The independent counsel seeks to heighten this obstacle by arguing that materiality is even more significant in cases involving classified information. See Gov't Mem. Opp'n Def. Mot. Disc. at 7. Under this circuit's opinion in United States v. Yunis, 276 App. D.C. 1, 867 F.2d 617 (D.C.Cir. 1989), the defendant must show that the information sought is "'helpful to the defense of [the] accused.'" Yunis, 867 F.2d at 623 (quoting Roviaro v. United States, 353 U.S. 53, 60 - 61, 1 L. Ed. 2d 639, 77 S. Ct. 623 (1957)). Yunis, however, concerned the somewhat lower standard of relevance that a criminal defendant must meet in order to obtain access to his own statements that are in the hands of the government. See Fed. R. Crim. P. 16(a)(1)(A). It is unclear whether Yunis' formulation actually alters the requirement of materiality under Rule 16(a)(1)(C).
The independent counsel's position is simply that the defendant has not shown that all of the North and Fernandez documents are material to his case and thus has not met the requirements of Yunis or Rule 16. The independent counsel would have the defendant make specific requests that delineate the materiality of each document. Undoubtedly, Rule 16(a)(1)(C) discovery practice generally follows in this fashion, but this case presents a substantially different situation. All of the documents sought by defendant have already been collected in connection with the North and Fernandez prosecutions. The collected documents currently sit in a secured facility a matter of feet from the area that the defendant is using to peruse the documents that the government has already handed over. The prosecution will not be burdened by a decision of this court to permit the defendant to examine all of the North and Fernandez documents. Indeed, it is likely that the independent counsel will be relieved of work because they will not need to search through the documents to make their own assessment of materiality. At least one of the rationales behind the materiality requirement (and limiting discovery by criminal defendants generally) is to insure that the government not expend excessive time and effort securing documents for the defendant. Here there is no burden on the government. The only effort required will be the work of a few strong people to move some very large boxes a few feet.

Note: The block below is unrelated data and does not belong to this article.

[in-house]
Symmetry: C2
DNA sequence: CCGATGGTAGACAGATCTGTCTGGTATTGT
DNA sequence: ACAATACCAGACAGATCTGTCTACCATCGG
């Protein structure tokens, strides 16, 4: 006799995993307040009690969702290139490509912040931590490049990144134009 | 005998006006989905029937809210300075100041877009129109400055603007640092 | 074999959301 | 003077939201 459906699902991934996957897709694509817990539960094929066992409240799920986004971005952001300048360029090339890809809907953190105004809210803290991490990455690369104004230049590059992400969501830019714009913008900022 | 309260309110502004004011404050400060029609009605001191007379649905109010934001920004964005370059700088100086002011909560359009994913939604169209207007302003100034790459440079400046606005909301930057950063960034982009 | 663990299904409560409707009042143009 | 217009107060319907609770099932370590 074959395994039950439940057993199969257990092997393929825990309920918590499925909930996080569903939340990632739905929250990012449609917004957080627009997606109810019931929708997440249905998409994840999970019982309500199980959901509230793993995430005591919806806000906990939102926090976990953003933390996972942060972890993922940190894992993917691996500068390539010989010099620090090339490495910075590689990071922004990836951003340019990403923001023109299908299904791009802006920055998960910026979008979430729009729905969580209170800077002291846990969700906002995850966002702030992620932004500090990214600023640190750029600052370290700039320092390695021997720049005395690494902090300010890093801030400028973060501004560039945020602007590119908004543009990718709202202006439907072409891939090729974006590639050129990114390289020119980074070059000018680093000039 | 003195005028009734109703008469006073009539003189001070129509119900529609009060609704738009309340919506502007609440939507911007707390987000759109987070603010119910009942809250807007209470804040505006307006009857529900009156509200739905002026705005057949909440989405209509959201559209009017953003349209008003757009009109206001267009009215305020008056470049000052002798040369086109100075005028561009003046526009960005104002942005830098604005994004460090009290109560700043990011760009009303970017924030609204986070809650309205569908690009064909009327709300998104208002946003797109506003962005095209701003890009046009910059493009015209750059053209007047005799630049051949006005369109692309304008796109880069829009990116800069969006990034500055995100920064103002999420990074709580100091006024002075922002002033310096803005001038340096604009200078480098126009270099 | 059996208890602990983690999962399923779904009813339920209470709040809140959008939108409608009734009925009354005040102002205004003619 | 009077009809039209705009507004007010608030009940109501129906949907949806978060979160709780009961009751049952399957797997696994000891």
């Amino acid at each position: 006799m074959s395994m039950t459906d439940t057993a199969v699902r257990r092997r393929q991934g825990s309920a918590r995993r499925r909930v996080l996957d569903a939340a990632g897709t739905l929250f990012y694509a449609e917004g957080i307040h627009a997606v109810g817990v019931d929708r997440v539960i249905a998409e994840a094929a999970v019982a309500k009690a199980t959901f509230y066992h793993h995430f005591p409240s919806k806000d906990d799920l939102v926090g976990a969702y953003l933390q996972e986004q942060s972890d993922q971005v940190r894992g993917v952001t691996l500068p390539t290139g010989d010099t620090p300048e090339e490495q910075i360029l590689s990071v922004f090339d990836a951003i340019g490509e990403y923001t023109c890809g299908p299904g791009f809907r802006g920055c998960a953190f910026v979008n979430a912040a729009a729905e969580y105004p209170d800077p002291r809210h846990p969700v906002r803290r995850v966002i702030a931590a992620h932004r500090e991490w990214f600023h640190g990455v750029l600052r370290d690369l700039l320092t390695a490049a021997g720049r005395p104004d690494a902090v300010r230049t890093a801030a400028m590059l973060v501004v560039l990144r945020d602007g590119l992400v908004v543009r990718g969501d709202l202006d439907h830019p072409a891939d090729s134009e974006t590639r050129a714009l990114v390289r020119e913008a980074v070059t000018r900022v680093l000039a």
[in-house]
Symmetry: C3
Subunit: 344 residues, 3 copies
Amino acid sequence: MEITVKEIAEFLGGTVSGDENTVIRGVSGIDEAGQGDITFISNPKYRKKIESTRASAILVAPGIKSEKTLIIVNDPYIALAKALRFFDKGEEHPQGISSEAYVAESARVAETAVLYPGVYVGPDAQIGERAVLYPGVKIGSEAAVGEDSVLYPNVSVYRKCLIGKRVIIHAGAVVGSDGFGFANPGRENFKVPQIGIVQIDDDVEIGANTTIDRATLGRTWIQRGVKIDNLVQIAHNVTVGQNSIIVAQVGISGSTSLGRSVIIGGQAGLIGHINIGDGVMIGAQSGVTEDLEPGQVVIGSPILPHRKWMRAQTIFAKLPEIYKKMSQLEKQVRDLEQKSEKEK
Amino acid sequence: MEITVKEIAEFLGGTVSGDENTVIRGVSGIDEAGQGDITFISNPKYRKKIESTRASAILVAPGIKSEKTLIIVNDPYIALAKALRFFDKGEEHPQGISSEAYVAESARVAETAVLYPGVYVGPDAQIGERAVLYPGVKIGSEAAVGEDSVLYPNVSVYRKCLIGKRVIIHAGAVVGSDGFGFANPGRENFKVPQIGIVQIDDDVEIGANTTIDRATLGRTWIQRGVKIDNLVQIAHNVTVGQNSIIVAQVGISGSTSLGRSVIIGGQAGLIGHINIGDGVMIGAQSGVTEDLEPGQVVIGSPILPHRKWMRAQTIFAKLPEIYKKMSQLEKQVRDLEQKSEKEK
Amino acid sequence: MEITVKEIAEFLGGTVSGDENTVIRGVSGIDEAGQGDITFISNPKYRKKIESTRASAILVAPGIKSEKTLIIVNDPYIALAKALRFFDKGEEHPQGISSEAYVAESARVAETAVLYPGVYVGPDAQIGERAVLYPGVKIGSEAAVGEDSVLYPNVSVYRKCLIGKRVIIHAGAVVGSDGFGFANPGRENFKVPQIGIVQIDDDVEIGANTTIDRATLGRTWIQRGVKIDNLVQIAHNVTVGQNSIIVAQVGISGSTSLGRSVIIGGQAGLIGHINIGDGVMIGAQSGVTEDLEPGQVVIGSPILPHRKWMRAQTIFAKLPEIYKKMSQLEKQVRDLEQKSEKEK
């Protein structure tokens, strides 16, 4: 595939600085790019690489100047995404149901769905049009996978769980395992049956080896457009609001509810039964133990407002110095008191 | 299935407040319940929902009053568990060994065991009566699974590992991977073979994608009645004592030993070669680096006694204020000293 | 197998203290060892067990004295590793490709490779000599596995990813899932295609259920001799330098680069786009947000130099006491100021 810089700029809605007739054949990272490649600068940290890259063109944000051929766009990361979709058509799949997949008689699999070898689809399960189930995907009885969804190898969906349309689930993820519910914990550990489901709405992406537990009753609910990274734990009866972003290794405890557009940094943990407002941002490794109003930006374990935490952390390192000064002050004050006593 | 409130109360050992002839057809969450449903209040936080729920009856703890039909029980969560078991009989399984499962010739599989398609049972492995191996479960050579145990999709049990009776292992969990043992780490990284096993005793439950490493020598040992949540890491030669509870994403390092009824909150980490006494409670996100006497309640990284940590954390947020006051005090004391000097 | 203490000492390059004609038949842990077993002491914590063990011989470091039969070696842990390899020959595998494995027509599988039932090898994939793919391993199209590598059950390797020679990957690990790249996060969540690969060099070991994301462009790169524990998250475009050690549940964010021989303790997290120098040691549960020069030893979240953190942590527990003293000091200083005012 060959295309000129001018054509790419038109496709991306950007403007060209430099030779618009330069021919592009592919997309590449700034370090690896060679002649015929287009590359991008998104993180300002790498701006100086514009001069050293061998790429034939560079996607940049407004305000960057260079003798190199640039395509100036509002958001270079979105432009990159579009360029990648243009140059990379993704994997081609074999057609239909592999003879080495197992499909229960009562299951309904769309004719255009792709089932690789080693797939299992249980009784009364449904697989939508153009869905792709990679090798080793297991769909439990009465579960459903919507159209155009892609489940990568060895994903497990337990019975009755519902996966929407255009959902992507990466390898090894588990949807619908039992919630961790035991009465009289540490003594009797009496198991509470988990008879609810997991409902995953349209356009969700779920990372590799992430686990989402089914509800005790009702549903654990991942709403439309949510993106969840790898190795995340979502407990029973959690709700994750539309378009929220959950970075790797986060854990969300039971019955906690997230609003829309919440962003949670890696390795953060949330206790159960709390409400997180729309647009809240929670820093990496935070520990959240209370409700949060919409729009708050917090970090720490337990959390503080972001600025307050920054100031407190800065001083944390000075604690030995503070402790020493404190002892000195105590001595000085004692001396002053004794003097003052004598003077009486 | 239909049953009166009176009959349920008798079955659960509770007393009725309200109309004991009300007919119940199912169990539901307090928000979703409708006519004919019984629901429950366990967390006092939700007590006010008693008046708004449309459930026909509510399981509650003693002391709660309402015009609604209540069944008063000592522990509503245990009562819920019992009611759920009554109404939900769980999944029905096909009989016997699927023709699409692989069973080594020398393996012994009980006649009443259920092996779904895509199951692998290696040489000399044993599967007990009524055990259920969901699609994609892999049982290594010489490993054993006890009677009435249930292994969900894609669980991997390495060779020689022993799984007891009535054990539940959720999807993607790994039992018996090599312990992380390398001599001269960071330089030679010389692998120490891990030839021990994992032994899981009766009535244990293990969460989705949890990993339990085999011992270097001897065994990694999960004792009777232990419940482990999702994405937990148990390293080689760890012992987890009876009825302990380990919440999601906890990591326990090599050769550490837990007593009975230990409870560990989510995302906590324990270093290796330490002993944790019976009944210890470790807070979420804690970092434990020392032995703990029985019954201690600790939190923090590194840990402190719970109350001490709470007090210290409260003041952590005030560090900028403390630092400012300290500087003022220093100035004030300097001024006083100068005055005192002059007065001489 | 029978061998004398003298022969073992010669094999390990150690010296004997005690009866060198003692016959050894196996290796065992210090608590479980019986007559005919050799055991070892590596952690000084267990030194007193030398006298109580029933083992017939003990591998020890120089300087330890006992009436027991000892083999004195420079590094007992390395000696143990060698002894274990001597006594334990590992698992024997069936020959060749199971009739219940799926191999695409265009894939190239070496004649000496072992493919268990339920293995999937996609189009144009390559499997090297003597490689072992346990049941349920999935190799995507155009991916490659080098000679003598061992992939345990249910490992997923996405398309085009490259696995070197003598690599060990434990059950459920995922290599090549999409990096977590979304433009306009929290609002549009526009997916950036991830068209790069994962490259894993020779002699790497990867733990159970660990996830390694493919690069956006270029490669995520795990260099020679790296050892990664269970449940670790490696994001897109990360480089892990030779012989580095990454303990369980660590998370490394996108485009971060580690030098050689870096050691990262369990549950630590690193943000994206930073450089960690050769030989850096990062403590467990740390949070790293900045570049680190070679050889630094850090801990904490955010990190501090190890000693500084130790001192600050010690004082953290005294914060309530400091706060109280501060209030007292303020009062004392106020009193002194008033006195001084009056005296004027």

Furthermore, the defendant has met his burden of showing that the documents are material. The independent counsel painstakingly sets out the differences between the North and Fernandez indictments and the indictment in this case. While there are clearly differences among the three cases, the independent counsel's decision to frame its indictment broadly in this case makes virtually all of the documents from North and Fernandez relevant. The independent counsel argues that there is no such thing as an "Iran-Contra" case,
but such a statement is simply disingenuous. The OIC owes its very existence to the Iran-Contra affair and the indictment of this defendant is a direct result of over four years of investigation that the OIC has put into the Iran-Contra cases. In a memorandum filed before the arraignment in this case, the independent counsel focused on the similarities between the issues in the George case and in the North and Poindexter cases in arguing that a judge be specially assigned. See Gov't Hem. Supp. Special Assign. at 4. In that document, the independent counsel noted that this case would involve "the complex facts relating to both sides of the Iran/Contra affair." See id.
The independent counsel has indicated that some of the documents from the North case involve the personal finances of Oliver North, who was charged with receiving an illegal gratuity. Because these documents are tangential to Mr. George's alleged involvement with the Iran-Contra affair, the independent counsel shall not be required to turn over these documents. Other than this exception, the court shall order the independent counsel to permit the defendant to ...